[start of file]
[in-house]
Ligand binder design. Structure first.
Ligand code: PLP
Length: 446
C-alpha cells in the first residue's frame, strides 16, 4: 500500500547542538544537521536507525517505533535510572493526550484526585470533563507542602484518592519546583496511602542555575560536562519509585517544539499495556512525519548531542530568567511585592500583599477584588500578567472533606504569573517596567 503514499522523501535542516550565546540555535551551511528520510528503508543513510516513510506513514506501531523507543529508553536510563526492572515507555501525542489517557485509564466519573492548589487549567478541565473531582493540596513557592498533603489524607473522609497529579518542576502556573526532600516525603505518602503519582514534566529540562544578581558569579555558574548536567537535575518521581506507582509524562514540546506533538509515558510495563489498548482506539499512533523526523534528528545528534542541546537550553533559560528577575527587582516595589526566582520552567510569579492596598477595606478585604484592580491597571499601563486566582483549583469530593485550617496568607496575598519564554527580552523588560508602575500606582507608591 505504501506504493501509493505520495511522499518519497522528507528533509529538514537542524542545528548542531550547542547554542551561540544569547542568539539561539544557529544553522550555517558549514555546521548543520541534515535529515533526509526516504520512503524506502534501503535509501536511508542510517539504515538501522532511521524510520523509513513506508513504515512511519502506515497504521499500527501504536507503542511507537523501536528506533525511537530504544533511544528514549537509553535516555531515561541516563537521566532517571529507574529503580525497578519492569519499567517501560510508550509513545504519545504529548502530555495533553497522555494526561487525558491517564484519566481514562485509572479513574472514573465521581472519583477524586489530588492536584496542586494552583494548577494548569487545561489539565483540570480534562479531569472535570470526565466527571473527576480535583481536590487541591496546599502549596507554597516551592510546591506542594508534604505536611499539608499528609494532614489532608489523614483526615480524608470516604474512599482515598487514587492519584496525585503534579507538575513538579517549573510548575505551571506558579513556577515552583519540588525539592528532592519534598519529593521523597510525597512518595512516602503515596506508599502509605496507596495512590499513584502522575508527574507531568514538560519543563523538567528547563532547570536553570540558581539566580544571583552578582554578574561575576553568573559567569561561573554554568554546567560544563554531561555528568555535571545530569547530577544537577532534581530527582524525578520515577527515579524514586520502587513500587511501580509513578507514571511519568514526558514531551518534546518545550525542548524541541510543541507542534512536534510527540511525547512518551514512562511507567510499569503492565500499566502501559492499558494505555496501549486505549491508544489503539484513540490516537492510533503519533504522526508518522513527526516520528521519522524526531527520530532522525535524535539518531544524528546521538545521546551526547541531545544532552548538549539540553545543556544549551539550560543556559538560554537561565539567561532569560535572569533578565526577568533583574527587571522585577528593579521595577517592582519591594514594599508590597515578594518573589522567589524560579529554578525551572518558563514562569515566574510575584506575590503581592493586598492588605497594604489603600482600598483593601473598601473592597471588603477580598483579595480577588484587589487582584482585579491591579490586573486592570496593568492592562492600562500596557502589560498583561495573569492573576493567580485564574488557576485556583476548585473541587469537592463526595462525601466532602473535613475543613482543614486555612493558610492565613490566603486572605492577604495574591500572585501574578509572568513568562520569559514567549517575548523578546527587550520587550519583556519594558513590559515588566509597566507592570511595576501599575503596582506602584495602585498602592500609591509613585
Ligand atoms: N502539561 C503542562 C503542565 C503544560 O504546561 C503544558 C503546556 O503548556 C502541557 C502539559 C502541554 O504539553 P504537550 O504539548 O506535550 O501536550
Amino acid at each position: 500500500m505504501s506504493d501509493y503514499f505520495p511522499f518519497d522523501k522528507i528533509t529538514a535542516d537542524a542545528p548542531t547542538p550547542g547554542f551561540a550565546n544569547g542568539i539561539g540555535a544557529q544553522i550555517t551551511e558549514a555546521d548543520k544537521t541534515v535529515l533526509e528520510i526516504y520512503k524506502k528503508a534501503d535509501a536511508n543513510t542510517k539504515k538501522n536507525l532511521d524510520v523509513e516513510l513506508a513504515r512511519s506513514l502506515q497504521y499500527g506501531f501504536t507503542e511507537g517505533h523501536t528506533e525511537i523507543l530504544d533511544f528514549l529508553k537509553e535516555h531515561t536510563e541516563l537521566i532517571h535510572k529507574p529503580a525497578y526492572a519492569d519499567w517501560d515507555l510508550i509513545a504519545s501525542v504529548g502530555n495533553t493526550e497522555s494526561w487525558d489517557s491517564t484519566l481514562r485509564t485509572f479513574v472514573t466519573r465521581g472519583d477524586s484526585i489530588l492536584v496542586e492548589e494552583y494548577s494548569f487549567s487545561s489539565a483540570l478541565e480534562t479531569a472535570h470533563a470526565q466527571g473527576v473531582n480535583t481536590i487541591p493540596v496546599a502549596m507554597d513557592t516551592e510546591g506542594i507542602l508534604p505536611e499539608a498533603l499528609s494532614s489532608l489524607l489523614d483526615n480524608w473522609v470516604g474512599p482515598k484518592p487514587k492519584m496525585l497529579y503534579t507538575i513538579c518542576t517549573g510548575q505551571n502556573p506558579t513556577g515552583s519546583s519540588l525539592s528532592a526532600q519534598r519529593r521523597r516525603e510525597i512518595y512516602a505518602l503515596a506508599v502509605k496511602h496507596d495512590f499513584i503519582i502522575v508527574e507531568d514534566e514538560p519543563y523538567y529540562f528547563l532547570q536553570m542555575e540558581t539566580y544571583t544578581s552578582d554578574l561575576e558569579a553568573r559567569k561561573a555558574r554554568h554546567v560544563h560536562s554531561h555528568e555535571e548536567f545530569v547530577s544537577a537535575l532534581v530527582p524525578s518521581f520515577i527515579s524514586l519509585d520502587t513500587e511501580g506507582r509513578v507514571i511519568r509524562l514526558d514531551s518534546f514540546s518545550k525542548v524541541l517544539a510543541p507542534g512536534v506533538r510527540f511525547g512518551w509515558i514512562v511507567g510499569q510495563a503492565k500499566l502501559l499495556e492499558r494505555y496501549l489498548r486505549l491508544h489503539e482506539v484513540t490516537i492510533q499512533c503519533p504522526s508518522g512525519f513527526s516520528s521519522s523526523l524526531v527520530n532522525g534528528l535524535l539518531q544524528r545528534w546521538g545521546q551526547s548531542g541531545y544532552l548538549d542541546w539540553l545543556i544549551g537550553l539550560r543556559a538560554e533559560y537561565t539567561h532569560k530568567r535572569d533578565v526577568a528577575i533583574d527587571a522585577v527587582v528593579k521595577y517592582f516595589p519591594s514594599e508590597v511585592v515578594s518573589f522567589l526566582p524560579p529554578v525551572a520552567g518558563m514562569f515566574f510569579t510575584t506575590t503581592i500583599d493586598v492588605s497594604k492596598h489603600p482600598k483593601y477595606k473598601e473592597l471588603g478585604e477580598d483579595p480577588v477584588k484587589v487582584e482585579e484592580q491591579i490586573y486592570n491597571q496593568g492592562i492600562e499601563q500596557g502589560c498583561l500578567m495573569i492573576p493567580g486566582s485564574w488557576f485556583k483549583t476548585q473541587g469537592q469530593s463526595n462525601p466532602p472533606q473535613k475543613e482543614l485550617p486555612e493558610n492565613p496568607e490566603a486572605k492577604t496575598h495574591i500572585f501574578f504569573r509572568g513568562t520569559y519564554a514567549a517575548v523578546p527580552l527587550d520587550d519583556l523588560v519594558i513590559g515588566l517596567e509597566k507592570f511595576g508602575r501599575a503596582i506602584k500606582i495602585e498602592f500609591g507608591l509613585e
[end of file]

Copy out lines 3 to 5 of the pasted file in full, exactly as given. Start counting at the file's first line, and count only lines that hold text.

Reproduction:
Ligand code: PLP
Length: 446
C-alpha cells in the first residue's frame, strides 16, 4: 500500500547542538544537521536507525517505533535510572493526550484526585470533563507542602484518592519546583496511602542555575560536562519509585517544539499495556512525519548531542530568567511585592500583599477584588500578567472533606504569573517596567 503514499522523501535542516550565546540555535551551511528520510528503508543513510516513510506513514506501531523507543529508553536510563526492572515507555501525542489517557485509564466519573492548589487549567478541565473531582493540596513557592498533603489524607473522609497529579518542576502556573526532600516525603505518602503519582514534566529540562544578581558569579555558574548536567537535575518521581506507582509524562514540546506533538509515558510495563489498548482506539499512533523526523534528528545528534542541546537550553533559560528577575527587582516595589526566582520552567510569579492596598477595606478585604484592580491597571499601563486566582483549583469530593485550617496568607496575598519564554527580552523588560508602575500606582507608591 505504501506504493501509493505520495511522499518519497522528507528533509529538514537542524542545528548542531550547542547554542551561540544569547542568539539561539544557529544553522550555517558549514555546521548543520541534515535529515533526509526516504520512503524506502534501503535509501536511508542510517539504515538501522532511521524510520523509513513506508513504515512511519502506515497504521499500527501504536507503542511507537523501536528506533525511537530504544533511544528514549537509553535516555531515561541516563537521566532517571529507574529503580525497578519492569519499567517501560510508550509513545504519545504529548502530555495533553497522555494526561487525558491517564484519566481514562485509572479513574472514573465521581472519583477524586489530588492536584496542586494552583494548577494548569487545561489539565483540570480534562479531569472535570470526565466527571473527576480535583481536590487541591496546599502549596507554597516551592510546591506542594508534604505536611499539608499528609494532614489532608489523614483526615480524608470516604474512599482515598487514587492519584496525585503534579507538575513538579517549573510548575505551571506558579513556577515552583519540588525539592528532592519534598519529593521523597510525597512518595512516602503515596506508599502509605496507596495512590499513584502522575508527574507531568514538560519543563523538567528547563532547570536553570540558581539566580544571583552578582554578574561575576553568573559567569561561573554554568554546567560544563554531561555528568555535571545530569547530577544537577532534581530527582524525578520515577527515579524514586520502587513500587511501580509513578507514571511519568514526558514531551518534546518545550525542548524541541510543541507542534512536534510527540511525547512518551514512562511507567510499569503492565500499566502501559492499558494505555496501549486505549491508544489503539484513540490516537492510533503519533504522526508518522513527526516520528521519522524526531527520530532522525535524535539518531544524528546521538545521546551526547541531545544532552548538549539540553545543556544549551539550560543556559538560554537561565539567561532569560535572569533578565526577568533583574527587571522585577528593579521595577517592582519591594514594599508590597515578594518573589522567589524560579529554578525551572518558563514562569515566574510575584506575590503581592493586598492588605497594604489603600482600598483593601473598601473592597471588603477580598483579595480577588484587589487582584482585579491591579490586573486592570496593568492592562492600562500596557502589560498583561495573569492573576493567580485564574488557576485556583476548585473541587469537592463526595462525601466532602473535613475543613482543614486555612493558610492565613490566603486572605492577604495574591500572585501574578509572568513568562520569559514567549517575548523578546527587550520587550519583556519594558513590559515588566509597566507592570511595576501599575503596582506602584495602585498602592500609591509613585